Whether you are a law student or just interested in obtaining a court record to check some information, knowing how to access records is important. Access to these records are generally available to the public and are often considered as public records. That said, not all records may contain the information that one needs to see as the court may seal certain parts of the court proceedings especially if the case involves a juvenile.
Electronic Access – What is PACER?
As paper files becomes cumbersome, many government agencies are now switching to electronic database. The Public Access to Court Electronic Records or PACER is the US’ centralized electronic database that has court cases and docket information from different courts in the state such as the appellate, district and bankruptcy courts. Terminals are setup in the court clerk’s office and are available to the public. The information obtained inside the court office is free however; one would need to pay certain fee for printouts. If the records are from the Federal Records Center and one is interested to view the documents, a fee is also requested. Records from the Supreme Court are not available from PACER but are instead available directly from the Supreme Court’s website.
Paper Case Retrieval
Some cases might not be available online and have to be retrieved directly from the court clerk’s office manually. Most cases, especially before 1999, are available in paper format only and can be access from the court where the case was filed. To order or check the records, it is important to verify which courthouse the case is filed. Local courts have different sections, calling beforehand to verify would save you time as well as makes the request processing faster. Some court would require people requesting to write a written request to make the process speedy. It is best that one should specify the cases that they need and if there is a docket number available, to include this in the request form.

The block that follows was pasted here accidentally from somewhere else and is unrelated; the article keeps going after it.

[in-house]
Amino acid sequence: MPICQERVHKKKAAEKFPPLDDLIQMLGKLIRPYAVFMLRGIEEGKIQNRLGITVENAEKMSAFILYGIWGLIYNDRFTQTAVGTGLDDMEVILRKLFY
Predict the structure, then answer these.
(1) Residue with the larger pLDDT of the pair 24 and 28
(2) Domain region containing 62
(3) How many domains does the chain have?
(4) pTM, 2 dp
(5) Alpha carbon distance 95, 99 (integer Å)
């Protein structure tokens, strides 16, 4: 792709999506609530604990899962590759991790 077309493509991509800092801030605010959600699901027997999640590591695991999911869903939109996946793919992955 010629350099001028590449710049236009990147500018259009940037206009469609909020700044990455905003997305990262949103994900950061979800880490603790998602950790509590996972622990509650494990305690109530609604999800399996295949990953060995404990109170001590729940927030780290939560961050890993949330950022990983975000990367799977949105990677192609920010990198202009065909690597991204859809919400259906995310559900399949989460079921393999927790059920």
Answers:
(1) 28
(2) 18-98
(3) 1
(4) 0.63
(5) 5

Are Sealed or Erased Records Accessible
Generally, sealed records are not available to the public especially those that have juveniles as parties to the case. That said certain exceptions apply. Some cases may be sealed and access is restricted however, some cases may partly be sealed and the ones not included are available to the public. Do note though that sealed cases maybe unsealed once the sealing order expires.
Court records or police records maybe erased in certain circumstances examples would be when an absolute pardon is given, another is when the act was decriminalized later on or if the defendant receives an acquittal or dismissal unless an appeal is taken.